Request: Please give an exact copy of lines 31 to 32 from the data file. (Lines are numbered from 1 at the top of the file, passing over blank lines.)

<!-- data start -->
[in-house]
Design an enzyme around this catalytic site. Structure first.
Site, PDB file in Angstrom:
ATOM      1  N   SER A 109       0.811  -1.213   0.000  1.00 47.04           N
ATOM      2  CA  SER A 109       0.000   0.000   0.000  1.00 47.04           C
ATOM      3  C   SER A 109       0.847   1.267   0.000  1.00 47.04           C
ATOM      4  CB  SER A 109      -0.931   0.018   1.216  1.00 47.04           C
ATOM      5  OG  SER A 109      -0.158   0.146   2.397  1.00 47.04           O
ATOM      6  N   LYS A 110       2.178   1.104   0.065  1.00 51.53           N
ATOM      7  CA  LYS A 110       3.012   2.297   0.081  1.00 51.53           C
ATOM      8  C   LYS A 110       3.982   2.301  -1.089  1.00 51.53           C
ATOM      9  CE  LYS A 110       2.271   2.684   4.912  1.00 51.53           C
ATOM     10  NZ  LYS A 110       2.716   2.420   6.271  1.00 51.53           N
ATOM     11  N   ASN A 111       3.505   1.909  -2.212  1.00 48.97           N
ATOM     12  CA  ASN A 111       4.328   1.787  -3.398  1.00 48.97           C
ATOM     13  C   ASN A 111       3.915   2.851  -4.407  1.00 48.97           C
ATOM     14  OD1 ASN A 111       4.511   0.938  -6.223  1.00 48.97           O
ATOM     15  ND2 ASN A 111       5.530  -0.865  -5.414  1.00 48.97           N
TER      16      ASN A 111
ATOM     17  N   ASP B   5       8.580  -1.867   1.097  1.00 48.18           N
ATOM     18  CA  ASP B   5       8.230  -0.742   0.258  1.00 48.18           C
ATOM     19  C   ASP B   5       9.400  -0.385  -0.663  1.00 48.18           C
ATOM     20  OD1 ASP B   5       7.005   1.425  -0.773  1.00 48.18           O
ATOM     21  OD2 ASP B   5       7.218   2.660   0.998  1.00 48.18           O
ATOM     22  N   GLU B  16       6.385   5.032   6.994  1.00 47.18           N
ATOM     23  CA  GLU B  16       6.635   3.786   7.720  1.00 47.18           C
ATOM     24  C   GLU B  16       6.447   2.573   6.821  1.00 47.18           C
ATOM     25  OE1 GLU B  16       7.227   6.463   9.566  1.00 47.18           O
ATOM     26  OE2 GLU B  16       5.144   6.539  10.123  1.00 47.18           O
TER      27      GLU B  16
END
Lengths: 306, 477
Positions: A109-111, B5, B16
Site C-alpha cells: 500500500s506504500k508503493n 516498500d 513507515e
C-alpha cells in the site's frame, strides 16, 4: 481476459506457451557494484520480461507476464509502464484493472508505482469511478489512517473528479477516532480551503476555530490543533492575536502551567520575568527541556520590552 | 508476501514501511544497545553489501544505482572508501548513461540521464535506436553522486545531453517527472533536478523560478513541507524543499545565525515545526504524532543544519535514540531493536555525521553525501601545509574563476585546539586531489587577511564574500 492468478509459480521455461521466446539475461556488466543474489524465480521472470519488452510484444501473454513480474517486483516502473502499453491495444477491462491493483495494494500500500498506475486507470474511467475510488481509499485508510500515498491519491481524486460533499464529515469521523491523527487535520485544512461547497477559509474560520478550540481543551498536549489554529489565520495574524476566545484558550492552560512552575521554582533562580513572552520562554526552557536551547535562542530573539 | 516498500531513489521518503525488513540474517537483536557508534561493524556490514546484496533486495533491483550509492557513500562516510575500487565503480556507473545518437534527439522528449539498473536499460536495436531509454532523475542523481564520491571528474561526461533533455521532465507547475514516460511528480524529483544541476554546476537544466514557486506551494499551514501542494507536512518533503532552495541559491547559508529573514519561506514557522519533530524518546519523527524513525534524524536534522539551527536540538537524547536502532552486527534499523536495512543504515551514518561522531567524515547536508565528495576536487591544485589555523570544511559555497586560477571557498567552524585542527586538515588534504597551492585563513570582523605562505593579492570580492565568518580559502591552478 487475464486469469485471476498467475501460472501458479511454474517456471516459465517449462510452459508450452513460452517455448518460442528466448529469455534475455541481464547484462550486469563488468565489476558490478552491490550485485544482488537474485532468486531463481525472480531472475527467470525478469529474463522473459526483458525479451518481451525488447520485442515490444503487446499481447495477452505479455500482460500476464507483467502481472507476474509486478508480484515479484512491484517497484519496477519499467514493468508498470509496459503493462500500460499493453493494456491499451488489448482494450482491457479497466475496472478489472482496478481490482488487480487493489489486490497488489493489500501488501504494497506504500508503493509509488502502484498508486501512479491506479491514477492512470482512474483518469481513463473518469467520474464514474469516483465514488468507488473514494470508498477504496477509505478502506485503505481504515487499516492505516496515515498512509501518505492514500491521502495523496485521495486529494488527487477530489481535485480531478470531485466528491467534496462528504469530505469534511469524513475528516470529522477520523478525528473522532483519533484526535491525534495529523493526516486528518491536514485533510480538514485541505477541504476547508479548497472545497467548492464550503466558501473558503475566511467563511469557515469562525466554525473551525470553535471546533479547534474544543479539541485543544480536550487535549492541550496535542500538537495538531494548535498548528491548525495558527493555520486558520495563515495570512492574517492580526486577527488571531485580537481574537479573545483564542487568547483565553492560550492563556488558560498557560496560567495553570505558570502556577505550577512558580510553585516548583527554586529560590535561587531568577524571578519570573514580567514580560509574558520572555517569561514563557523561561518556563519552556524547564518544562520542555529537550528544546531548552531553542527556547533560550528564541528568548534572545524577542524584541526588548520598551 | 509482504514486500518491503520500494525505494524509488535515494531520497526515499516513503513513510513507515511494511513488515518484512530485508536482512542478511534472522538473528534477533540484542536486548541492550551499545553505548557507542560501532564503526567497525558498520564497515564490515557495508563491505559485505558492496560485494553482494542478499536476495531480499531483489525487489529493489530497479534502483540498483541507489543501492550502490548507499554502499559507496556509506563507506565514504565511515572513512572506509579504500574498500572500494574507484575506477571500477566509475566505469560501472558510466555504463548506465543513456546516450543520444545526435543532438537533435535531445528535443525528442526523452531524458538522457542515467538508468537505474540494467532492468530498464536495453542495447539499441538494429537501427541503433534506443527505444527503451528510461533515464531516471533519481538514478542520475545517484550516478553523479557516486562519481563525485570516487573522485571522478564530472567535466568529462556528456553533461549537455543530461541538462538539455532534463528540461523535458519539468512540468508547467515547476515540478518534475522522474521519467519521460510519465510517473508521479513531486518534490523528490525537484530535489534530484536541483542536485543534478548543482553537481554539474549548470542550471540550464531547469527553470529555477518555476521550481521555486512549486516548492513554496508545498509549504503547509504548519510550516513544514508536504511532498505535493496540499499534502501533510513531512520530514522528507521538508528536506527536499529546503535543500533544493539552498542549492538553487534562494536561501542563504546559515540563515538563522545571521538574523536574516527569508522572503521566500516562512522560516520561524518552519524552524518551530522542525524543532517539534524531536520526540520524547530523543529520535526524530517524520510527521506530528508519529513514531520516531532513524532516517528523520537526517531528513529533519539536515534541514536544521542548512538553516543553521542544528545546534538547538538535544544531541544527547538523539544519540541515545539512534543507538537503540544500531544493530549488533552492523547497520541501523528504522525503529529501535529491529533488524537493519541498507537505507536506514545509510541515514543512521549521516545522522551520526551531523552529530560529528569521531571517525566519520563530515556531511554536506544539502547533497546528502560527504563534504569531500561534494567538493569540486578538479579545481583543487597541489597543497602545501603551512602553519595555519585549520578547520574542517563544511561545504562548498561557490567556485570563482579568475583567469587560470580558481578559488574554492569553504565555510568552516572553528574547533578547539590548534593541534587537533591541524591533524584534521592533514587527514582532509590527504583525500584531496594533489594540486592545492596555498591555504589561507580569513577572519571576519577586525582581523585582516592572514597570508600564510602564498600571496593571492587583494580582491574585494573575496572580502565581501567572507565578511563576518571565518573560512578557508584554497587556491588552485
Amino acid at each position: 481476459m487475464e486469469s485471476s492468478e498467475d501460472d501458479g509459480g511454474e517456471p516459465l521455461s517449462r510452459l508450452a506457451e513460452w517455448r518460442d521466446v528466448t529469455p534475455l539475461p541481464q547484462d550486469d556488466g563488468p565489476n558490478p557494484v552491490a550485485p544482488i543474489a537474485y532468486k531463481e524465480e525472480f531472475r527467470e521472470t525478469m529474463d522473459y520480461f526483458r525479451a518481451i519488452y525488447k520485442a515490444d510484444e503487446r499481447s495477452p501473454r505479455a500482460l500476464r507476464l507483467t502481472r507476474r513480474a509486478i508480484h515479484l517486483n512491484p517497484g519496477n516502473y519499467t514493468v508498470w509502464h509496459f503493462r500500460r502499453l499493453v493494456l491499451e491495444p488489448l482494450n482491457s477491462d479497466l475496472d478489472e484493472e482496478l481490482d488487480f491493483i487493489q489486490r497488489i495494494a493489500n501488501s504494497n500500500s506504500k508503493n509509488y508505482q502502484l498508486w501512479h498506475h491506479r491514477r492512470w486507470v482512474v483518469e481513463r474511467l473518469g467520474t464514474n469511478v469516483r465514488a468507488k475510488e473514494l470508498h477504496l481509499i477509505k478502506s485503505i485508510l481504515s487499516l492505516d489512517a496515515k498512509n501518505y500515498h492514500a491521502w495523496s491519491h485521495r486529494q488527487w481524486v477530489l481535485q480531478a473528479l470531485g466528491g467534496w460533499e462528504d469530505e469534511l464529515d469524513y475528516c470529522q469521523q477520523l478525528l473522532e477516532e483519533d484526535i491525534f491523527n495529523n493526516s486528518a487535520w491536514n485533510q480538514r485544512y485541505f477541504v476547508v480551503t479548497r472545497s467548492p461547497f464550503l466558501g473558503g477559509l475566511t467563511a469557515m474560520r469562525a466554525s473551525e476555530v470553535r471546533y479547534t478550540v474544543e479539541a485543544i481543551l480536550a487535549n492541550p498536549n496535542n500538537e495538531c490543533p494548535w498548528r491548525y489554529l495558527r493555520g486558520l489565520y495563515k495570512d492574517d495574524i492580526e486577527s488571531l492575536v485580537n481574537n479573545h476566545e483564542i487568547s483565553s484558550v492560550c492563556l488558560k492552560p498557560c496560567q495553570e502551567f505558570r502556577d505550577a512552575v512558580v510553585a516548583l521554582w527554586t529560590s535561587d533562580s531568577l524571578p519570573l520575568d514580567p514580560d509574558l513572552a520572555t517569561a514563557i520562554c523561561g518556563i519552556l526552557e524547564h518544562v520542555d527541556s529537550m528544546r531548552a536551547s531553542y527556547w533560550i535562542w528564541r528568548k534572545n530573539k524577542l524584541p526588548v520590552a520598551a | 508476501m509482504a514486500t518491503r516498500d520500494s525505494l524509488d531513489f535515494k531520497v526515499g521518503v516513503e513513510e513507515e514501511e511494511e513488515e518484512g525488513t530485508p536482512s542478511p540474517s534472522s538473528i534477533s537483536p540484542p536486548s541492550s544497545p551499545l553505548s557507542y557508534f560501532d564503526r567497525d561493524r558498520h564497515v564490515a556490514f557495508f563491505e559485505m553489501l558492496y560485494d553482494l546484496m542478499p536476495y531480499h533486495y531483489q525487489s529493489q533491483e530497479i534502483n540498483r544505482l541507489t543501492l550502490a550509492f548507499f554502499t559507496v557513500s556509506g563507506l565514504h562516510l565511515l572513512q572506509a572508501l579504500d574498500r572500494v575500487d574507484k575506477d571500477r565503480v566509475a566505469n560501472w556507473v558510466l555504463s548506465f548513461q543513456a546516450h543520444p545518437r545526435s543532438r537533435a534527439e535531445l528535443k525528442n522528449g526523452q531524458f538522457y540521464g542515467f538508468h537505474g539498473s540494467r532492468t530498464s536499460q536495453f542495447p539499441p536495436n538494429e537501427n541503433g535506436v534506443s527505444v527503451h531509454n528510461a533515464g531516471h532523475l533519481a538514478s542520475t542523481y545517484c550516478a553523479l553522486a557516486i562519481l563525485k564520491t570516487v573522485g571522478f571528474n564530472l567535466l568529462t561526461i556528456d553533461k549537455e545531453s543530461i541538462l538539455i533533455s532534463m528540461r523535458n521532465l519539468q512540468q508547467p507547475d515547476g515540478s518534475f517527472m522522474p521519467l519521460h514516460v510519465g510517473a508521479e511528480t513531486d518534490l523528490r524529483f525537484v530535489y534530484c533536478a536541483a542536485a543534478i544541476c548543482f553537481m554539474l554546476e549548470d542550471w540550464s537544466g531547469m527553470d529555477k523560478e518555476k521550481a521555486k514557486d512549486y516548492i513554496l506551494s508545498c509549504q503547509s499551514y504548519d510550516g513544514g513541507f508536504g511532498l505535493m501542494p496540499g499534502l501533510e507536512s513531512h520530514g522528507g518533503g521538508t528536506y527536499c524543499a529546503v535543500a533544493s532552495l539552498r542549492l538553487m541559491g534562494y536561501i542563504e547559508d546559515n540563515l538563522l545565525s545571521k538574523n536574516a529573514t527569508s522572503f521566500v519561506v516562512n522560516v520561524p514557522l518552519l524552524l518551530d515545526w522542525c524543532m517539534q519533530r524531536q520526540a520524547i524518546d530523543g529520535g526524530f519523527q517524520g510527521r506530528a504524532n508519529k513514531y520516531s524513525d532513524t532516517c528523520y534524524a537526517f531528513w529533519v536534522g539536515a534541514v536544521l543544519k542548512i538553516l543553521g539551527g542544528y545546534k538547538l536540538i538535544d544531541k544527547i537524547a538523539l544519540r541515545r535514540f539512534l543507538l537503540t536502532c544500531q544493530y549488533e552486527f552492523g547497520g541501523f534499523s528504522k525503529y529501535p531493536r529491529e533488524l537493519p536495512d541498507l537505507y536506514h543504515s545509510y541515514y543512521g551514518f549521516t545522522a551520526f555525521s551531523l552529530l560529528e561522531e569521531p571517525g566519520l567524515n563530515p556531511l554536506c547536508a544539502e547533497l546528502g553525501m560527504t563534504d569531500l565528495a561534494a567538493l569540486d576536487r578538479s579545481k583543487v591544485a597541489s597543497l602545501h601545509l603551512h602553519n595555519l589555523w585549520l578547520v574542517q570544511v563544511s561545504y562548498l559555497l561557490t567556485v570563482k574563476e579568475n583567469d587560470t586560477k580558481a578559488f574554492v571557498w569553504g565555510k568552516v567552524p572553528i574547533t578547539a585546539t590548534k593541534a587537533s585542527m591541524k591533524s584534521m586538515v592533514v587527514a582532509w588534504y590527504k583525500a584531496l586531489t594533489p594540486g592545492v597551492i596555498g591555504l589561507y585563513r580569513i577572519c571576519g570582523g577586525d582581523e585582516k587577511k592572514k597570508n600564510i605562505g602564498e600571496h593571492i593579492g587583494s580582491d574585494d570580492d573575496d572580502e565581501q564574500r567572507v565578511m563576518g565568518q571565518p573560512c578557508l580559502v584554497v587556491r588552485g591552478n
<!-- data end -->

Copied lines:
END
Lengths: 306, 477